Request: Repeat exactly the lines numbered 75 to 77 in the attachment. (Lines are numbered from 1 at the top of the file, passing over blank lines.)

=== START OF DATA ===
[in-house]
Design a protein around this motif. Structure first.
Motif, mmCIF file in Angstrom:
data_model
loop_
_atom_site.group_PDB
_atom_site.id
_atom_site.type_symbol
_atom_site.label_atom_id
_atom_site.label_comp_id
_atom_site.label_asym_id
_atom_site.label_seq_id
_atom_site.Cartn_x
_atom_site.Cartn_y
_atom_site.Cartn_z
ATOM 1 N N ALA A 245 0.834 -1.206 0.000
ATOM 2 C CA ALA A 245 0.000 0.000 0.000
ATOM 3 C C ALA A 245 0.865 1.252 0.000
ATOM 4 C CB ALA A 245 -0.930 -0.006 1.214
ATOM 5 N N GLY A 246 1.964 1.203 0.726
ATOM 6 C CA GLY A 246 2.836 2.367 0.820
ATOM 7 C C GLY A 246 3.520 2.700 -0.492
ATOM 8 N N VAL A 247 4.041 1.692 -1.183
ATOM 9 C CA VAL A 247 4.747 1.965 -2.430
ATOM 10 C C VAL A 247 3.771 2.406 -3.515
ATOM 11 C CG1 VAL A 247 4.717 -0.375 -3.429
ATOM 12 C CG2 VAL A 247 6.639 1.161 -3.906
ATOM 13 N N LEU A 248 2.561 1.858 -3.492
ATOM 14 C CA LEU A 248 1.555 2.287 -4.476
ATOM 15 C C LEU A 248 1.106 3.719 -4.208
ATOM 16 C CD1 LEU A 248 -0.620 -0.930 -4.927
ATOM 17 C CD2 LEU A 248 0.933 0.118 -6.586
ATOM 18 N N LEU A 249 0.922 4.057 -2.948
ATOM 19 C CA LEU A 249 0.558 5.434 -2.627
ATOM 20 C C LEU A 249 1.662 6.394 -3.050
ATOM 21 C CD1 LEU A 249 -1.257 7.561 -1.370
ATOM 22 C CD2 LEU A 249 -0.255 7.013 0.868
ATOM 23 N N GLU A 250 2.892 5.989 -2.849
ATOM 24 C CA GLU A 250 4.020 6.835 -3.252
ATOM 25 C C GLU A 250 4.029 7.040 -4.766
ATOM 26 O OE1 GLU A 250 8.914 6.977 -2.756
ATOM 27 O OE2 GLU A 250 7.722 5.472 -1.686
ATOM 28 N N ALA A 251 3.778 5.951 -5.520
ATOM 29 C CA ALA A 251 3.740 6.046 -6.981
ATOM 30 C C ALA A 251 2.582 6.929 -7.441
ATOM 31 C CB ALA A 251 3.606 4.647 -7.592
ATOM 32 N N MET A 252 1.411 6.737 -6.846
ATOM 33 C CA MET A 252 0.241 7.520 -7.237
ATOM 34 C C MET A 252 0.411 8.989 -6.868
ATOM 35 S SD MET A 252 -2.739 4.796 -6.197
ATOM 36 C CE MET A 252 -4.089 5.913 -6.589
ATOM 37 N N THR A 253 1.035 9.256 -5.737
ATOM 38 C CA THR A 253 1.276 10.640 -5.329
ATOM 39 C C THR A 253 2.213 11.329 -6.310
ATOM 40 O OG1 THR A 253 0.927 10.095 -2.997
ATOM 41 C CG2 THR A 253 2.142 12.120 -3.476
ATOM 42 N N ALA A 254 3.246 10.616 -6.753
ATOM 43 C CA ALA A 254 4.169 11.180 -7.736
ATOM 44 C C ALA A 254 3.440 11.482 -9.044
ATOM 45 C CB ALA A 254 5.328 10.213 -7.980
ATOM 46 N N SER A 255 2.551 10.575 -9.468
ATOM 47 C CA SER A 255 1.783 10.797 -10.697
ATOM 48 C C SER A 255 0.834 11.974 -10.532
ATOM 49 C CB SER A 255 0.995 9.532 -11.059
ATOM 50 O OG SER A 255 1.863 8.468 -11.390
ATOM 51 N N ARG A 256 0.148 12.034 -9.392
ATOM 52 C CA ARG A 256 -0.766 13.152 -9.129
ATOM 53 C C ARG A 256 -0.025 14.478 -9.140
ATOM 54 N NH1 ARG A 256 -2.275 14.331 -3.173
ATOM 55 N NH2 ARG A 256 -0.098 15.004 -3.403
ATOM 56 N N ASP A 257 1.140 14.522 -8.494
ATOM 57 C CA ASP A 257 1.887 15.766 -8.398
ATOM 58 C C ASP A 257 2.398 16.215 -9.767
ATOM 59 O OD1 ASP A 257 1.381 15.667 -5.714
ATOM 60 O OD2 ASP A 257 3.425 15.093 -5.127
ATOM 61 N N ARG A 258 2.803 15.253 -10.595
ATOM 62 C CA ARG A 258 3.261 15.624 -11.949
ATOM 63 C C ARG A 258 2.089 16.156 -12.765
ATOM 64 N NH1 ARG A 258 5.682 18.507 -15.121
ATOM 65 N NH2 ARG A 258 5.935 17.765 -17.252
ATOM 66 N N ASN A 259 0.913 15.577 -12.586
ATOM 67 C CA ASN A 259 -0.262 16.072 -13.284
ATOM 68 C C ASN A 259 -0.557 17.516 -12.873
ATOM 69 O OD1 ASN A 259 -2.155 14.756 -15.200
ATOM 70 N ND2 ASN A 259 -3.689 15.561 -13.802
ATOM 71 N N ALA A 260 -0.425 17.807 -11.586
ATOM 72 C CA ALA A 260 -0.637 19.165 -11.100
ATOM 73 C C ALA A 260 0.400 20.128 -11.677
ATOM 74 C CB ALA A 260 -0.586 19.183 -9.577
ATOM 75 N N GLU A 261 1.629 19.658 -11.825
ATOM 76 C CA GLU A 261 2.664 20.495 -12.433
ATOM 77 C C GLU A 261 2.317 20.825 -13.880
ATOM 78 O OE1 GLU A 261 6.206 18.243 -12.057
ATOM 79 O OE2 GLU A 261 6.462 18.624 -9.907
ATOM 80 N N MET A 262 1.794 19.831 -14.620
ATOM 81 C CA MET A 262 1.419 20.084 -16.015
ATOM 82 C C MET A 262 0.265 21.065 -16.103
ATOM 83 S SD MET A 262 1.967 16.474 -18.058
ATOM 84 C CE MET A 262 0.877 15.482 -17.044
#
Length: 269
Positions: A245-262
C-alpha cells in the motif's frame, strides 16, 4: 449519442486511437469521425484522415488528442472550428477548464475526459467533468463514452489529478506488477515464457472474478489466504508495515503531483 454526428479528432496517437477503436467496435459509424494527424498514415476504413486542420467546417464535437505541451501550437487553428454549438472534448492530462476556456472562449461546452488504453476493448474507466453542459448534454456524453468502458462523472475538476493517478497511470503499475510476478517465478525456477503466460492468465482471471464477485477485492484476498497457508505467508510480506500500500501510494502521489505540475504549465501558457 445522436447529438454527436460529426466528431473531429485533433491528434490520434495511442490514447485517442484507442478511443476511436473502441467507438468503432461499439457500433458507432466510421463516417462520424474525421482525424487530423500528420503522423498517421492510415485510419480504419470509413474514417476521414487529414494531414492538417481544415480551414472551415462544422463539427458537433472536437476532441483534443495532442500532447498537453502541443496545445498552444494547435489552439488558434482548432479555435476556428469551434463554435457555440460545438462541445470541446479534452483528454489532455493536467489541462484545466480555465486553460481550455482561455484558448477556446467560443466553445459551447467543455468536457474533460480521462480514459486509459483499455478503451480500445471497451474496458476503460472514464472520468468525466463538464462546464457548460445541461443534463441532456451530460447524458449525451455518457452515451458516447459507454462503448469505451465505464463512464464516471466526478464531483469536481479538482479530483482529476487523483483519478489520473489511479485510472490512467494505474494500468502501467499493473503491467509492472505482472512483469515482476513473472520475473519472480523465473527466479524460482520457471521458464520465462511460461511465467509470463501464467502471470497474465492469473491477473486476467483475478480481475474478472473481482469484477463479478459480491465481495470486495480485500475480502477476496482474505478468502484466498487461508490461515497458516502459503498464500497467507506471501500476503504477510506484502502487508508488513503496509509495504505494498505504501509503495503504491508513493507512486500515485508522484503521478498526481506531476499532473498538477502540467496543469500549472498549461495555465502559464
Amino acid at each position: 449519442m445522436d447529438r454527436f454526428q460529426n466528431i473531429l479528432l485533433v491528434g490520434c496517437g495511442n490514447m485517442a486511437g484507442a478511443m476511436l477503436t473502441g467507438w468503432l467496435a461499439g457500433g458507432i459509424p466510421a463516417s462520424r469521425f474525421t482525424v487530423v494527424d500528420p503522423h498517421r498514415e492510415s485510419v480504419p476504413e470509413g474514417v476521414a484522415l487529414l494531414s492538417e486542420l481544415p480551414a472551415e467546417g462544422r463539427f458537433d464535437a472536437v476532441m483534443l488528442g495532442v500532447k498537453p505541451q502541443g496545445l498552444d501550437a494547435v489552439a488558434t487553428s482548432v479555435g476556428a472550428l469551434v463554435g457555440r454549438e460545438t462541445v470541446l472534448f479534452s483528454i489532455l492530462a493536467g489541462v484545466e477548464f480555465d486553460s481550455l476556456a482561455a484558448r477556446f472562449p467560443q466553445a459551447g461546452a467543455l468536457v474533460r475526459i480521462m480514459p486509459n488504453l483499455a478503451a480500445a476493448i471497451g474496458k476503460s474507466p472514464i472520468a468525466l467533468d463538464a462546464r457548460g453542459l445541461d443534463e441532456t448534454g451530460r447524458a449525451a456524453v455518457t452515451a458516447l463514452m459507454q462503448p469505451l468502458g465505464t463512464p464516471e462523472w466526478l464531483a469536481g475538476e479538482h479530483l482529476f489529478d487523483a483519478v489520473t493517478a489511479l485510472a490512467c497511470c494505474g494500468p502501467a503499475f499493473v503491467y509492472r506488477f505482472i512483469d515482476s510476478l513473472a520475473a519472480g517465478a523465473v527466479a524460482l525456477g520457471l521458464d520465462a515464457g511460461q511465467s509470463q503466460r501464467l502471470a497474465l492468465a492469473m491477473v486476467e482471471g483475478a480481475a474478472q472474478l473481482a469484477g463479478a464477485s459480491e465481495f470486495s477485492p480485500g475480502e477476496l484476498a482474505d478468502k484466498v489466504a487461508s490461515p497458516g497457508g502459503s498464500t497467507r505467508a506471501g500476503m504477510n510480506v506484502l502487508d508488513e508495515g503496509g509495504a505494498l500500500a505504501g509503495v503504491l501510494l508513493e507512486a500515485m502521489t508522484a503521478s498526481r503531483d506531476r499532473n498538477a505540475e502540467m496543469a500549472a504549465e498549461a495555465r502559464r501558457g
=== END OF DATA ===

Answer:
ATOM 60 O OD2 ASP A 257 3.425 15.093 -5.127
ATOM 61 N N ARG A 258 2.803 15.253 -10.595
ATOM 62 C CA ARG A 258 3.261 15.624 -11.949